Comparison of model and ground observations finds snowpack and blowing snow aerosols both contribute to Arctic tropospheric reactive bromine

William F. Swanson, Chris D. Holmes, William R. Simpson, Kaitlyn Confer, Louis Marelle, Jennie L. Thomas, Lyatt Jaeglé, Becky Alexander, Shuting Zhai, Qianjie Chen, Xuan Wang, Tomás Sherwen

Research output: Journal article publicationJournal articleAcademic researchpeer-review

11 Citations (Scopus)


Reactive halogens play a prominent role in the atmospheric chemistry of the Arctic during springtime. Field measurements and modeling studies suggest that halogens are emitted into the atmosphere from snowpack and reactions on wind-blown snow-sourced aerosols. The relative importance of snowpack and blowing snow sources is still debated, both at local scales and regionally throughout the Arctic. To understand the implications of these halogen sources on a pan-Arctic scale, we simulate Arctic reactive bromine chemistry in the atmospheric chemical transport model GEOS-Chem. Two mechanisms are included: (1) a blowing snow sea salt aerosol formation mechanism and (2) a snowpack mechanism assuming uniform molecular bromine production from all snow surfaces. We compare simulations including neither mechanism, each mechanism individually, and both mechanisms to examine conditions where one process may dominate or the mechanisms may interact. We compare the models using these mechanisms to observations of bromine monoxide (BrO) derived from multiple-axis differential optical absorption spectroscopy (MAX-DOAS) instruments on O-Buoy platforms on the sea ice and at a coastal site in Utqiagvik, Alaska, during spring 2015. Model estimations of hourly and monthly average BrO are improved by assuming a constant yield of 0.1 % molecular bromine from all snowpack surfaces on ozone deposition. The blowing snow aerosol mechanism increases modeled BrO by providing more bromide-rich aerosol surface area for reactive bromine recycling. The snowpack mechanism led to increased model BrO across the Arctic Ocean with maximum production in coastal regions, whereas the blowing snow aerosol mechanism increases BrO in specific areas due to high surface wind speeds. Our uniform snowpack source has a greater impact on BrO mixing ratios than the blowing snow source. Model results best replicate several features of BrO observations during spring 2015 when using both mechanisms in conjunction, adding evidence that these mechanisms are both active during the Arctic spring. Extending our transport model throughout the entire year leads to predictions of enhanced fall BrO that are not supported by observations.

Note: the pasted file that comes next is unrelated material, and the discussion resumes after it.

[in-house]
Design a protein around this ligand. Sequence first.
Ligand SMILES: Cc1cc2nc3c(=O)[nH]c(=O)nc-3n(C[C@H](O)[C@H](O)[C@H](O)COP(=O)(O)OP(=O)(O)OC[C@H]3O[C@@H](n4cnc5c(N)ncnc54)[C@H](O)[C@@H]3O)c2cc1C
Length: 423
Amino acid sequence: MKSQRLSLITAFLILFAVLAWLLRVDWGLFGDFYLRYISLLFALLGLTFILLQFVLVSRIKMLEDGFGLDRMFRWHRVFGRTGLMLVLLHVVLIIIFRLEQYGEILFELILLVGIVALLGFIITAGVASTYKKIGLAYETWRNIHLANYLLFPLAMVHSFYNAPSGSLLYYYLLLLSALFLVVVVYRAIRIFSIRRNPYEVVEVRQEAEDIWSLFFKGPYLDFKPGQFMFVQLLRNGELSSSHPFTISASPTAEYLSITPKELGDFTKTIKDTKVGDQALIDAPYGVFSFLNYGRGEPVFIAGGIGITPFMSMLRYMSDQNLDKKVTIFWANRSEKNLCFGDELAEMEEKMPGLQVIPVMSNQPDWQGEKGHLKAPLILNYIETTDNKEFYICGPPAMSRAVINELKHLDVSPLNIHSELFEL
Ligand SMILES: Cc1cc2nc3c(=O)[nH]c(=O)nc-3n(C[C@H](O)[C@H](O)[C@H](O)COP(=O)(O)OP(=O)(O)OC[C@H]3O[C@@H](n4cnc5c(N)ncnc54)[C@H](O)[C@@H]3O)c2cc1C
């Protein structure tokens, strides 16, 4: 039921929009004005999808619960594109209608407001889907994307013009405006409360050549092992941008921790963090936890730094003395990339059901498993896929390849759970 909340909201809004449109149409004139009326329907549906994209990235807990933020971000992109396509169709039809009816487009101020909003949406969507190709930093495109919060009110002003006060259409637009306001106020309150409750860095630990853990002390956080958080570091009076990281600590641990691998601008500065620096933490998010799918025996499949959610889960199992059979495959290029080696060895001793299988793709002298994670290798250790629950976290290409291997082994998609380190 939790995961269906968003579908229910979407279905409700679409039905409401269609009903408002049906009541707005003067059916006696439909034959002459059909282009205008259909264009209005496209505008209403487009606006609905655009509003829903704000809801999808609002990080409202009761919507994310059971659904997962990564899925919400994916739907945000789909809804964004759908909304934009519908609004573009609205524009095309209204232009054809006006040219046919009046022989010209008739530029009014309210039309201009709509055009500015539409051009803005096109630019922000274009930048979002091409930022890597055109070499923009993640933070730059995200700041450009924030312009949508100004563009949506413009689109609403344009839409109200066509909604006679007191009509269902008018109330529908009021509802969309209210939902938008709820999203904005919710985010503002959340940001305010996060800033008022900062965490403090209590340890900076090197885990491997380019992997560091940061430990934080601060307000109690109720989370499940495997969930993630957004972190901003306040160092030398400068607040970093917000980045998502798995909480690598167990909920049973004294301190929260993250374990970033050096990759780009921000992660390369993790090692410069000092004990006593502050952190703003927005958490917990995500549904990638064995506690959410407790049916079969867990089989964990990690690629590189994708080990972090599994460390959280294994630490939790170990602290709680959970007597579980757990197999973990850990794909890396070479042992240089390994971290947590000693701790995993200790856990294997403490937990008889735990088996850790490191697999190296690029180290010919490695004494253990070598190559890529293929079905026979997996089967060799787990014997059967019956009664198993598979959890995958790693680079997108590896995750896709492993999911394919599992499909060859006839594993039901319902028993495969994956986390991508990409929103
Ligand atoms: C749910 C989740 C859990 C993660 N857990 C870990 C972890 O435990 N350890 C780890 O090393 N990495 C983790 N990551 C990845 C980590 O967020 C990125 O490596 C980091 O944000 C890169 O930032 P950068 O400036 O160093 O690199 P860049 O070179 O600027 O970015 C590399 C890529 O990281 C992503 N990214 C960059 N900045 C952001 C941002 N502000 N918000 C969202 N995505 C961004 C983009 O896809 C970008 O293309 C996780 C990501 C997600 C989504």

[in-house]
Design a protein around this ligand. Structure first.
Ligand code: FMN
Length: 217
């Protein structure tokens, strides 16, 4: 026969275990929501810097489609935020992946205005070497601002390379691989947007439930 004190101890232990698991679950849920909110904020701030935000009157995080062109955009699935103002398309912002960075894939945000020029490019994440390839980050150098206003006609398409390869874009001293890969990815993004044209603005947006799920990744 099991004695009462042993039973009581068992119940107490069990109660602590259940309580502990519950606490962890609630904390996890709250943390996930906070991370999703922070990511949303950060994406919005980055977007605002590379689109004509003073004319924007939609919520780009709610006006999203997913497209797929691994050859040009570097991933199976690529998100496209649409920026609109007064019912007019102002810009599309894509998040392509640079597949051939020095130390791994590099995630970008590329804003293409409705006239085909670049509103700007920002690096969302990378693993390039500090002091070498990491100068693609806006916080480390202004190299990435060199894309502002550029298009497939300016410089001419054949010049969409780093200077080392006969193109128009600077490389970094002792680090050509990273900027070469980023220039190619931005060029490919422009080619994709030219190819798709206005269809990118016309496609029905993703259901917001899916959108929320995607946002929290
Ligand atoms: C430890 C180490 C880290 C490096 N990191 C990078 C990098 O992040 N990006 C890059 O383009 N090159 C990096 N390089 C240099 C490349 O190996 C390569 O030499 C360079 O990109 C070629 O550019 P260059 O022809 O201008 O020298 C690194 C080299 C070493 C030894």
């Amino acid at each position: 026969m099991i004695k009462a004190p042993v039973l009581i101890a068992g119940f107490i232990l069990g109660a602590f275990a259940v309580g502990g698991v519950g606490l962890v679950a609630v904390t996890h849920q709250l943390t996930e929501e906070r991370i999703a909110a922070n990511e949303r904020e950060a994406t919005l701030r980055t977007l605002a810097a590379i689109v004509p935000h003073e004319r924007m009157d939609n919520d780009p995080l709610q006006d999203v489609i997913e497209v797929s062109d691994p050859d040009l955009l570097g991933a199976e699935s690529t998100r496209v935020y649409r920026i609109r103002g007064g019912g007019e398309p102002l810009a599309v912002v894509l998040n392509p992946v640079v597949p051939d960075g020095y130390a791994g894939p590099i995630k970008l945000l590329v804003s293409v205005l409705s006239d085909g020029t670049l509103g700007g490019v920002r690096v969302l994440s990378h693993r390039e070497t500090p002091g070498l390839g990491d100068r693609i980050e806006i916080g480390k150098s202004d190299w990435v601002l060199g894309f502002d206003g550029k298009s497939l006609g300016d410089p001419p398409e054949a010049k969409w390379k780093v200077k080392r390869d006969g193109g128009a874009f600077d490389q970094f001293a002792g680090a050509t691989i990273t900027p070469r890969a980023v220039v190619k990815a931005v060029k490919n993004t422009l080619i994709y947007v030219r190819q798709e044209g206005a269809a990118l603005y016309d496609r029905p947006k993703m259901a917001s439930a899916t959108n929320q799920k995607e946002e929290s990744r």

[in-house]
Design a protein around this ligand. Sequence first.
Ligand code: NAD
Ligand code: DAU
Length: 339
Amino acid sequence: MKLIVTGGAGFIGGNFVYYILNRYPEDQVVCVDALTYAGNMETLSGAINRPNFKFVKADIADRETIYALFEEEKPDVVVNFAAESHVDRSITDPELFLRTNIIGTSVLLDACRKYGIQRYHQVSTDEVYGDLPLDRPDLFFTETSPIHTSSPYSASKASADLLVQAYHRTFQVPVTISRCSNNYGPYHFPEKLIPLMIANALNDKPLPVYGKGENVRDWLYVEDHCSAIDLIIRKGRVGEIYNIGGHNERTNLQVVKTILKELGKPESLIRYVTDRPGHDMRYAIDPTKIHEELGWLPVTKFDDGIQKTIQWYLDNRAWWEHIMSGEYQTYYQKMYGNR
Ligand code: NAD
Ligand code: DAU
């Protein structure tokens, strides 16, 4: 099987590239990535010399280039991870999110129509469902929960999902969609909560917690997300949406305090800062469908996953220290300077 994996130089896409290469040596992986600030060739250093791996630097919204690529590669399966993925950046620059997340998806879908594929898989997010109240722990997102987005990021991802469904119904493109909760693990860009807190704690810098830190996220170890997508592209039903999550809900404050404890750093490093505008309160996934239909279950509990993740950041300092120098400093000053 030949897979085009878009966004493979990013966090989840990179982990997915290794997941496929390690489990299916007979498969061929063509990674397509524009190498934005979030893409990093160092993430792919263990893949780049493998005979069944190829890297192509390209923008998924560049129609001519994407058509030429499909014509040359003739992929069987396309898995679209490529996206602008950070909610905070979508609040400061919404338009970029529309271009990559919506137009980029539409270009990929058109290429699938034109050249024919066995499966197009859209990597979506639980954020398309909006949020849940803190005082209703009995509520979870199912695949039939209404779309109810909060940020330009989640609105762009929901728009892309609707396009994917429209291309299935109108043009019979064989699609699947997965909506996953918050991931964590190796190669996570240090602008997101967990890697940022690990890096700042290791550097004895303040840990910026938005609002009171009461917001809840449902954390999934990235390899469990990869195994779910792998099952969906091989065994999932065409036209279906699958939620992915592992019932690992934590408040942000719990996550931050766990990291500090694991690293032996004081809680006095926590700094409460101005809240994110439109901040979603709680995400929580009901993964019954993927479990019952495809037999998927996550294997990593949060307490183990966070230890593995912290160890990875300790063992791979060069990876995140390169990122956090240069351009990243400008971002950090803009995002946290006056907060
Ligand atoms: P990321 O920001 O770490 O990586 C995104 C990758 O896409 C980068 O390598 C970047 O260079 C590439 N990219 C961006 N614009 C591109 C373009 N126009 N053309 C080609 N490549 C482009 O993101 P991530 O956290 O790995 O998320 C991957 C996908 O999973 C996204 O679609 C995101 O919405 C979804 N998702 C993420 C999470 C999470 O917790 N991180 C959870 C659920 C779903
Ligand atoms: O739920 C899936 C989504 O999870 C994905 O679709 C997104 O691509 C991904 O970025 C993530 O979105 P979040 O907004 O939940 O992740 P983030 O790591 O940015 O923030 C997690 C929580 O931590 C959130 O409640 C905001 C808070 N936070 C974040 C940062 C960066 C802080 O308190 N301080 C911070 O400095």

Original languageEnglish
Pages (from-to)14467-14488
Number of pages22
JournalAtmospheric Chemistry and Physics
Issue number22
Publication statusPublished - 15 Nov 2022

ASJC Scopus subject areas

  • Atmospheric Science


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